He wanted to tell her he had some nice ribeye steaks of the kind she and her husband Mike like.

Well, I told him, I’ll stop by on my way home and let her know. Betty and Mike live only a block from Via Veneto. I knocked on their front door, even though it seemed a little naughty in this time of social distancing. Betty came to the door with a bite of dinner already in her mouth. I told her Massimo had steaks he thought she’d want to know about, then walked two more blocks home.

That was yesterday. Today when I walked up the street in the late afternoon light, Massimo hollered out again. I stopped and walked in. There was Betty, picking up two steak dinners and a bottle of red wine.

EARLIER: “Opening night at Via Veneto

Illustration of Via Veneto by Christopher Wright

Frye first to shut down

Frye’s stylish shop on Fillmore Street opened in 2016.

FRYE BOOTS at 2047 Fillmore Street has become the first neighborhood shop to announce it will close permanently.

“We were told last Friday [March 27] that we will not reopen our beautiful store,” says Frye manager and longtime local Cris Mcquay, who formerly managed Kiehl’s on Fillmore. “We will stay permanently closed going forward. We are closing all 16 Frye retail stores in the U.S.”

She added: “I’m afraid we won’t be the only one — just the first confirmed case.”

Still being neighborly

Andre Matsuda, Dan Max and Audrey Sherlock bring their own.

EVEN SINCE THE stay-at-home order went into effect on St. Patrick’s Day, some locals find it possible to enjoy a few minutes of togetherness at cocktail hour — carefully spaced six feet apart at tables that remain fixed outside The Grove, with beverages brought from home.

Elite’s new name: The Tailor’s Son

The wiring and lettering on the vintage sign were removed on February 28.

THE LAST TRACES of the legendary Elite Cafe — a beacon of hospitality on Fillmore Street for decades — have disappeared. The lettering on the vintage neon sign has now been removed, along with the wooden booths inside.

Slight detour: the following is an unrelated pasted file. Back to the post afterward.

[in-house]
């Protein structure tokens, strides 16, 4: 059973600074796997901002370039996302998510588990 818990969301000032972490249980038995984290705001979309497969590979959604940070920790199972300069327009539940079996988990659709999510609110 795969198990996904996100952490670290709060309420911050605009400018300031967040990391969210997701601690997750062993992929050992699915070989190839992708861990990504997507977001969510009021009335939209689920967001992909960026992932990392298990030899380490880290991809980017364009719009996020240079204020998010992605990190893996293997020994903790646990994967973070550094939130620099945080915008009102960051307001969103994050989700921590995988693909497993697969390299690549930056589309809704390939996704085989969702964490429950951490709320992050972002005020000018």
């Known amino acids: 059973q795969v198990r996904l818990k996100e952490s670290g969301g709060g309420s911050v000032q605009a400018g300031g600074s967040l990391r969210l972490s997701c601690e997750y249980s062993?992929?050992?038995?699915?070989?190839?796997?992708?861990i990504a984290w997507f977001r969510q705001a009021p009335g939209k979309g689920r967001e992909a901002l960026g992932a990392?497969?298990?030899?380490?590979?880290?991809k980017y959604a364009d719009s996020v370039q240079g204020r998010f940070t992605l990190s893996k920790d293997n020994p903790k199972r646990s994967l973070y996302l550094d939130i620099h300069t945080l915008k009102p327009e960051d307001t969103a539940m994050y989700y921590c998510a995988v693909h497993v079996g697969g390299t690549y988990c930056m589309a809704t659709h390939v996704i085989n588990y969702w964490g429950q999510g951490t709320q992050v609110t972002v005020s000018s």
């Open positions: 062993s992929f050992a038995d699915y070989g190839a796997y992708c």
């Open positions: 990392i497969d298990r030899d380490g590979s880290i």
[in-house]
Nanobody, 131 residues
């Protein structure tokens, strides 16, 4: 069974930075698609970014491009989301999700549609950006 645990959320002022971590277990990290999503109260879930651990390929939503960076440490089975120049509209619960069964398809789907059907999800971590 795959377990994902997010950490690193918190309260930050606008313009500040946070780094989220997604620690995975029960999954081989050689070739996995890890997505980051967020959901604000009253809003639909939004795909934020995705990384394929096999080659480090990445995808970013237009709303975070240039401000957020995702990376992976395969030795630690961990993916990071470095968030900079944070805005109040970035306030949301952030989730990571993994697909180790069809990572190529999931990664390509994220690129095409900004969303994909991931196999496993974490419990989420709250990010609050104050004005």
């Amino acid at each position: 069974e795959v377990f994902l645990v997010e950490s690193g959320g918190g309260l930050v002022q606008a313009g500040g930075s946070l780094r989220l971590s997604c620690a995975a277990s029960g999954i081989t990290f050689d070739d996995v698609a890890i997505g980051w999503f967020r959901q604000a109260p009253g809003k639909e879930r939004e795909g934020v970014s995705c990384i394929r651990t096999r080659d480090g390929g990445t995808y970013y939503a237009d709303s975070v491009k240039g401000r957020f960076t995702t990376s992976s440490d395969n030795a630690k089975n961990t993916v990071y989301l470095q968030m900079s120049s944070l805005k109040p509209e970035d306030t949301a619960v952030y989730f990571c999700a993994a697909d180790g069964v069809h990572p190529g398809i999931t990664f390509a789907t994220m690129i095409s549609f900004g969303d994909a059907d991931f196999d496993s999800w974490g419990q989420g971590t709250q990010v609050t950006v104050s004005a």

The Elite’s new name: The Tailor’s Son, in honor of owner Adrianno Paganini ’s father, who was a tailor. The sign is being reworked to announce the new name. During earlier incarnations, the same sign proclaimed the Asia Cafe and the Lincoln Grill.

EARLIER: “Elite no more

A final farewell to the Clay

Fixtures and furnishings being removed from the Clay Theatre.

DEMOLITION OF THE interior of the 110-year-old Clay Theatre on Fillmore Street began today, with workers hauling out the seats, the projectors and the popcorn machine.

Landmark Theatres, the company that operated the Clay in recent decades, has instructed its staff to leave the building empty by the end of the month.

The theater closed at the end of January, but ongoing discussions between building owner Balgobind Jaiswal and the S.F. Neighborhood Theater Foundation — which had offered to buy or rent the theater — had given supporters hope the Clay might continue as a nonprofit.

Those negotiations have proved unsuccessful and the landlord’s agent, neighborhood resident Pamela Mendelsohn of the Maven real estate firm, has been showing the space to other potential tenants.

EARLIER: “Clay Theatre to close

Lights, Camera, Washington Street

Eleanor Coppola shot her new film at 2561 Washington Street.

By ALISON OWINGS

The audience gasped.  

Eleanor Coppola’s triptych, “Love is Love is Love,” comprised of three shortish California-based films, was having a solo showing a few weeks ago at Dolby Laboratory’s splendid theater in downtown San Francisco, her purpose partly to thank people involved in the production. The longest and final of the three, “Late Lunch,” opened simply with an exterior view of a house.

Located at 2561 Washington Street, between Fillmore and Steiner, the fancifully handsome Victorian was home for decades to neighborhood notables John and Carol Field and their children Alison and Matt. John, an architect, remodeled the rear of the house, fashioning a soaring solarium and library and a rustically sophisticated kitchen; while Carol, among other accomplishments, baked and breaded and simmered, creating recipes that often made their way into her Italian food-themed cookbooks. 

John and Carol died within three weeks of one another in 2017. Now, in “Late Lunch,” the house re-appeared, a touchstone for many in the audience to the Fields’ years of hospitality and friendships.